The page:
The perennial impact of inflation means that fees payable under antique licence agreements may dwindle to the point where they appear insignificant. However, as a case concerning industrial and surface
The Manchester Ship Canal Company Limited had, in 1962, granted a perpetual licence to a vehicle manufacturer to discharge surface water and trade effluent into the canal from its plant through a purpose-built drainage system. The licence required the manufacturer to pay a fee of £50 per annum. It also provided that, if such payments remained in arrears after the issue of a warning notice, the company was entitled to terminate the licence.
The manufacturer duly paid £50 annually until, for some reason, it ceased to do so in 2013. The company sent a warning notice and, after that elicited no payment, proceeded to terminate the licence. The manufacturer’s belated offer to pay the outstanding sum was not accepted. The value of the discharge rights conferred by the licence had, over the years, swelled to between £300,000 and £440,000 per annum.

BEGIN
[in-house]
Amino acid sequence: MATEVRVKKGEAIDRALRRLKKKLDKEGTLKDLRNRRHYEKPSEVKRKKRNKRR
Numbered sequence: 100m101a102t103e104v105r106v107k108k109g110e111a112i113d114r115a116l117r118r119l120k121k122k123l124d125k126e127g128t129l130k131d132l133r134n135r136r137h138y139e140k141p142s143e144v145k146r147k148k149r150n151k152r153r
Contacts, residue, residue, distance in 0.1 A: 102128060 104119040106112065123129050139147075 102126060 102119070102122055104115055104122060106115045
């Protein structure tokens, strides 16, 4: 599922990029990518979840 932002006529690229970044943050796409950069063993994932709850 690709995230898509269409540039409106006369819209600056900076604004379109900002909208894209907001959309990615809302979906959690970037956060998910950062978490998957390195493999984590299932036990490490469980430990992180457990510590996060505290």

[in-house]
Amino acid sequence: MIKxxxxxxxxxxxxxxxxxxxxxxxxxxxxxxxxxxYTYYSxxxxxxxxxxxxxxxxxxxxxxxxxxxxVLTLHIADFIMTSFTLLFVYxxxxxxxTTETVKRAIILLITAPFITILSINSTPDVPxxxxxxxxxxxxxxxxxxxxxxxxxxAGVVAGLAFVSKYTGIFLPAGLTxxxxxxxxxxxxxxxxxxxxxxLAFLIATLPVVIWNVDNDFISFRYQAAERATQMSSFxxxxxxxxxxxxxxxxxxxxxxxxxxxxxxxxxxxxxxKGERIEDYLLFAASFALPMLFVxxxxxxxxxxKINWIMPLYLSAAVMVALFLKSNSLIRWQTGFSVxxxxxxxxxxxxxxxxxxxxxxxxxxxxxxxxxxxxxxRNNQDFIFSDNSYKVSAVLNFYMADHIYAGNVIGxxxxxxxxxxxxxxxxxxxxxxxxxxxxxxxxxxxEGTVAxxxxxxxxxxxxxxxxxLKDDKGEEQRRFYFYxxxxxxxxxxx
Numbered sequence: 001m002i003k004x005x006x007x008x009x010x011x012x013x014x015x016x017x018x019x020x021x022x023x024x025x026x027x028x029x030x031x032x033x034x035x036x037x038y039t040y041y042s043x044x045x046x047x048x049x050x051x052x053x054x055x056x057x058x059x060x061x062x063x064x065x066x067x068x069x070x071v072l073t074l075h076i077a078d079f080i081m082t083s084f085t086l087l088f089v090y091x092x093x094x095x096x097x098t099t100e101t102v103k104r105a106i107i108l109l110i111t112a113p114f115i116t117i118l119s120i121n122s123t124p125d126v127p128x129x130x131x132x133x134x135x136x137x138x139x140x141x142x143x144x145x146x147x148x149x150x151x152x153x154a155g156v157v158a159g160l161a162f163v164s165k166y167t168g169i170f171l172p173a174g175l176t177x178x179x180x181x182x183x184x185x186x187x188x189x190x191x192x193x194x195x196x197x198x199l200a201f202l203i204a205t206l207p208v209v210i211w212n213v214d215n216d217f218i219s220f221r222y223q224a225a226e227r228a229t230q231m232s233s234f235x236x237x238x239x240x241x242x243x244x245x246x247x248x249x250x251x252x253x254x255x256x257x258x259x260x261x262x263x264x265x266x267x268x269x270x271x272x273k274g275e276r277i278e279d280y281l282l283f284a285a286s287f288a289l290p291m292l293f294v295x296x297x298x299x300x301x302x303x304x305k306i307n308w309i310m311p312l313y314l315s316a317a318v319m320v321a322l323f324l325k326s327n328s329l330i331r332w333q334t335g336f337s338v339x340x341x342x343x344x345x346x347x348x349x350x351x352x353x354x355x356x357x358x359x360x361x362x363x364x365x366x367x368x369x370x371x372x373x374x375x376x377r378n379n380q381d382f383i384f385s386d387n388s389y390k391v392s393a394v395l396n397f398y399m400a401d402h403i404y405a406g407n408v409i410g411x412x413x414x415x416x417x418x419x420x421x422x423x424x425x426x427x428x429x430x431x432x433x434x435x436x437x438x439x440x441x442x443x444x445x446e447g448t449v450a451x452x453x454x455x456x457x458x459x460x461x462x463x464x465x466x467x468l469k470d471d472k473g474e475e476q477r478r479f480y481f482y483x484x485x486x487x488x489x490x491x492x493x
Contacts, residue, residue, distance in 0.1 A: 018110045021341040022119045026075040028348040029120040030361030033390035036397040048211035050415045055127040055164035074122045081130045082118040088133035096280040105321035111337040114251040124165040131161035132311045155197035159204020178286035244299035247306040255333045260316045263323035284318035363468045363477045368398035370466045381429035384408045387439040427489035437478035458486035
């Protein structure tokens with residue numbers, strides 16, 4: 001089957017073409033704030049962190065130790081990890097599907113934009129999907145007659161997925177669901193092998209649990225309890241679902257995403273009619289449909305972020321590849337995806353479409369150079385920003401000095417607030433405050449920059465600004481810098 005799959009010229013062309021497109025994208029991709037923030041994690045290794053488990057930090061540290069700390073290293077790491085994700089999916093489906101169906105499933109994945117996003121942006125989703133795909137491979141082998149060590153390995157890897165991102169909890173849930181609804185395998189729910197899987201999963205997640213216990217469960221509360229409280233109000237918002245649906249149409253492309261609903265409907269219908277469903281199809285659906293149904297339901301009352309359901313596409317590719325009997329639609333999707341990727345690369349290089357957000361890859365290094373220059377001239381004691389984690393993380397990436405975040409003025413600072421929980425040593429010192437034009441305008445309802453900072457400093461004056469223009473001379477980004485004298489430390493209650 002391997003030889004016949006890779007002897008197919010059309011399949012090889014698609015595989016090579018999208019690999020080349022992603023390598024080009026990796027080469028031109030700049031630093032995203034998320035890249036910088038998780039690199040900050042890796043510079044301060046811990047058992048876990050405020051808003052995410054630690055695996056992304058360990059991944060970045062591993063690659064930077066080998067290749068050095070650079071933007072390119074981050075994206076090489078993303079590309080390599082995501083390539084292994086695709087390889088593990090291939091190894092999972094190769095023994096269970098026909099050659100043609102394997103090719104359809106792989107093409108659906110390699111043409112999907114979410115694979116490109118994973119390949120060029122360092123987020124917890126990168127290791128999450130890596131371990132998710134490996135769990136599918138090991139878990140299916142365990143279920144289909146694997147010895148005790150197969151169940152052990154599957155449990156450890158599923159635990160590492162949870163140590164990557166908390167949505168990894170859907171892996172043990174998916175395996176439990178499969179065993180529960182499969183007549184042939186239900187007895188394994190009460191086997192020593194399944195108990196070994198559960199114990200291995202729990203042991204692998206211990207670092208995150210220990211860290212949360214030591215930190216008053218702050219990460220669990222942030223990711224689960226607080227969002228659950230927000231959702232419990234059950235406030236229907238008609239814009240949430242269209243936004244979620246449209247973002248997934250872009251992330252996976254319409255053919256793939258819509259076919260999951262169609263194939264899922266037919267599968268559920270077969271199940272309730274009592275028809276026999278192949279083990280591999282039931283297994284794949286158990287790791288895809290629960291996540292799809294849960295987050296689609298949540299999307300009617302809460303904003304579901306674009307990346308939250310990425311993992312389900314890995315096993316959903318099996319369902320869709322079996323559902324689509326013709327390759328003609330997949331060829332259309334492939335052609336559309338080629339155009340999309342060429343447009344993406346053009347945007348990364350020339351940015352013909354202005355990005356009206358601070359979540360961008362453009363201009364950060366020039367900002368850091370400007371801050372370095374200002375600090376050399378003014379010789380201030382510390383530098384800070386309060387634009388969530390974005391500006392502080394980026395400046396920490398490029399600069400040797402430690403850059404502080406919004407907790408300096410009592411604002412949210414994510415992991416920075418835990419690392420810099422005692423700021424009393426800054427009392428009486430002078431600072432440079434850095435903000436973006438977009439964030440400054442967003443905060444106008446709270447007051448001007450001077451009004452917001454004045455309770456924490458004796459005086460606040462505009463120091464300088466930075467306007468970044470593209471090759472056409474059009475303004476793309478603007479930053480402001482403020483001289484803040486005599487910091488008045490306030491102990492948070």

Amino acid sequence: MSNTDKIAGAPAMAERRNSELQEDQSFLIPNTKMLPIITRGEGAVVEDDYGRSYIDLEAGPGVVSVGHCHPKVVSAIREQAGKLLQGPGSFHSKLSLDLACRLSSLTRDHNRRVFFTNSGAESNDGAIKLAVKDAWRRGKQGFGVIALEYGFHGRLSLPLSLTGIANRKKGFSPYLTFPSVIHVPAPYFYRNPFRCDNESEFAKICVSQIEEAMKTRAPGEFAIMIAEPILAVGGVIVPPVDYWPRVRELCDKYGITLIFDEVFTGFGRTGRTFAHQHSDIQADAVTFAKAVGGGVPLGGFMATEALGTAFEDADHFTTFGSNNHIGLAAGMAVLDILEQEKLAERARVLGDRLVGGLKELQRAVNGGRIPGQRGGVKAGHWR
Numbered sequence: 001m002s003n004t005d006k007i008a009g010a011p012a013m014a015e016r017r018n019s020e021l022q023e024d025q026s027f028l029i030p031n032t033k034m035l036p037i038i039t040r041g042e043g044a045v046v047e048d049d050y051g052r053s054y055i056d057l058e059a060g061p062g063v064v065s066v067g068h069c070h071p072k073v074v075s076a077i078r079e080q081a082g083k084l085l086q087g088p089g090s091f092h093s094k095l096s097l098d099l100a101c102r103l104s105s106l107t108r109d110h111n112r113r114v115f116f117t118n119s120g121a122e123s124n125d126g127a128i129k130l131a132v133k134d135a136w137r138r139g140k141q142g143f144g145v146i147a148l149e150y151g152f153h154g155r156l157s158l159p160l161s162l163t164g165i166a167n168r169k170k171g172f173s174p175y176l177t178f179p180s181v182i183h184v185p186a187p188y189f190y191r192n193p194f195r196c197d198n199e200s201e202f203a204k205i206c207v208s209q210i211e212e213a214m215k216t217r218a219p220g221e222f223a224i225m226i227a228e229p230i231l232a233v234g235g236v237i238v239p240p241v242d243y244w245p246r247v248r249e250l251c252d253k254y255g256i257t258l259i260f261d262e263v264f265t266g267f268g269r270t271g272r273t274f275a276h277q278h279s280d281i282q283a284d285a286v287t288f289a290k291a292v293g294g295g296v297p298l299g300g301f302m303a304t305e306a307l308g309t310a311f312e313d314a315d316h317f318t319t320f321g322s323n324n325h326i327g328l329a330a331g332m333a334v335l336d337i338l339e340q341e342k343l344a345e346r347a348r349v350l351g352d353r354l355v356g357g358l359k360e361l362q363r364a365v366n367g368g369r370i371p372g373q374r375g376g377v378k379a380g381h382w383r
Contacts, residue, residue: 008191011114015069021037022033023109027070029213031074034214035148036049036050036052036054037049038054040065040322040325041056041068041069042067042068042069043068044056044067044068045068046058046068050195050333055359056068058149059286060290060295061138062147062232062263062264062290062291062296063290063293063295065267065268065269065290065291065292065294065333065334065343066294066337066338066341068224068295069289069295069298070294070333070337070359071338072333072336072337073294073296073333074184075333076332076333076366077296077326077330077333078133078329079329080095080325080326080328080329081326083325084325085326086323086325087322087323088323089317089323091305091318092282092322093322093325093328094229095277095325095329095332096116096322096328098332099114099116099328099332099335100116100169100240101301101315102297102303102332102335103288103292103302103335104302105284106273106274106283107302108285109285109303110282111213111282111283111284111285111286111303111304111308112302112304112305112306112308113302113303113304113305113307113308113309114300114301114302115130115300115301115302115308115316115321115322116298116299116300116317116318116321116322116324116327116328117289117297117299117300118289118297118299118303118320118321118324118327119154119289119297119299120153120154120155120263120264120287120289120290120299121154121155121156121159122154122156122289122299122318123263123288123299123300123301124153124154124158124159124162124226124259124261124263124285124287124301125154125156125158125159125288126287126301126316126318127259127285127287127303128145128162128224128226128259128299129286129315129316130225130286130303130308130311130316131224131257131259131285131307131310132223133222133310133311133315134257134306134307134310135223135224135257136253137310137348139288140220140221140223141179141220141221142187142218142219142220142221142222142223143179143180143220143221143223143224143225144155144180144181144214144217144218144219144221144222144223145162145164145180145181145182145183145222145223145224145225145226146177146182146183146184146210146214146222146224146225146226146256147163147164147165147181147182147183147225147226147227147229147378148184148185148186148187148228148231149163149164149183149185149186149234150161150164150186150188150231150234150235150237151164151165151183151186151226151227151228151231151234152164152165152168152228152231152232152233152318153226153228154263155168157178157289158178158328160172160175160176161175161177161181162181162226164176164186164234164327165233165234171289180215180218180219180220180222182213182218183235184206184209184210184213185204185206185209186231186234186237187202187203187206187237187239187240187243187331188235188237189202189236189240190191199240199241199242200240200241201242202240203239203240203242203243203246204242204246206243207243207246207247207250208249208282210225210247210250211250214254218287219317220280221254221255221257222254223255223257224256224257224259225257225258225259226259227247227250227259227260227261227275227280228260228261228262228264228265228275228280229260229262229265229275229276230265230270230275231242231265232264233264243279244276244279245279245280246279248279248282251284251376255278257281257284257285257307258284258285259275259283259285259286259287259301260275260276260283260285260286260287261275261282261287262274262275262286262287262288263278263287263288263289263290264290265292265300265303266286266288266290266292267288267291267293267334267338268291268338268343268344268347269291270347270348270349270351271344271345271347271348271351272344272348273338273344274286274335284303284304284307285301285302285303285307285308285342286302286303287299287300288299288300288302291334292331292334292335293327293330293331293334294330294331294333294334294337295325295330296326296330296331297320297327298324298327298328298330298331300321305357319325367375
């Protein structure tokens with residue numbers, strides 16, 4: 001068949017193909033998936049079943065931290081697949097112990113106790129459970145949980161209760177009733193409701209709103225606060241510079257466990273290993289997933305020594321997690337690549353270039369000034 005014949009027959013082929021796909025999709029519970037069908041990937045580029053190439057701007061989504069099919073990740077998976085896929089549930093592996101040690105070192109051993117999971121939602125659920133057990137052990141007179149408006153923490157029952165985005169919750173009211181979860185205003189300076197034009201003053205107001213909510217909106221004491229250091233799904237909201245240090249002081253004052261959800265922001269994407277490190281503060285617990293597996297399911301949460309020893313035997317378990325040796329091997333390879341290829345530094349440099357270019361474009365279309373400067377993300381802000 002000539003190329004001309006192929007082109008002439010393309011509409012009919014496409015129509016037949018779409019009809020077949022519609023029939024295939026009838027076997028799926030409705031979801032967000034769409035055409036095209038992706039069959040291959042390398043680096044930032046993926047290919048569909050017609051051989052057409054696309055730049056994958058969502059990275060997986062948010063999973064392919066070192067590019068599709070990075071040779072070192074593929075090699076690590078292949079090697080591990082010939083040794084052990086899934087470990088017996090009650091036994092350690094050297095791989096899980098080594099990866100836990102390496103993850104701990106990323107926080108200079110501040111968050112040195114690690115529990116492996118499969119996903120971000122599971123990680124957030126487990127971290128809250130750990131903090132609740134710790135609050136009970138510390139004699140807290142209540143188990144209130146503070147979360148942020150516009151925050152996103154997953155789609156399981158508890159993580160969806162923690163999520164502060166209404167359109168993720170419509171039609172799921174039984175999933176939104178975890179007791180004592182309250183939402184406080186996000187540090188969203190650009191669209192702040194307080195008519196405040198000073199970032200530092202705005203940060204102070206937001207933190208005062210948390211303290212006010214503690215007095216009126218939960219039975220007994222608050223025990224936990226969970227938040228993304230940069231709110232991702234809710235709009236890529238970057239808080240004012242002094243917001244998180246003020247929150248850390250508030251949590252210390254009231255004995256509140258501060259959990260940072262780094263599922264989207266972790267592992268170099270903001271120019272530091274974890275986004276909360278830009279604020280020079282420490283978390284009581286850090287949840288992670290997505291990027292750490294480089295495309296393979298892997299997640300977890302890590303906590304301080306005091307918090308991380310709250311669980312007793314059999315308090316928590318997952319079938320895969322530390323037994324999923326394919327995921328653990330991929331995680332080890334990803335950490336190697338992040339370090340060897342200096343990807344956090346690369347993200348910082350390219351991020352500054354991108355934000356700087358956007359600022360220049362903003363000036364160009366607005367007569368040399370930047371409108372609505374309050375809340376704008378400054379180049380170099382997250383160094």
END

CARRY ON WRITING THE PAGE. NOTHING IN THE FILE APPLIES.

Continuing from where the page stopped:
After the manufacturer launched proceedings, however, a judge granted it relief against forfeiture of the licence. In dismissing the company’s challenge to that ruling, the High Court rejected arguments that the judge lacked jurisdiction to assist the manufacturer and that the application for relief had been made too late. In exercising his discretion, the judge had been entitled to take into account the substantial windfall that would accrue to the company if relief were to be refused. The Court’s decision enabled the manufacturer to continue to exercise the rights granted by the licence at the contractual rate of £50 per annum.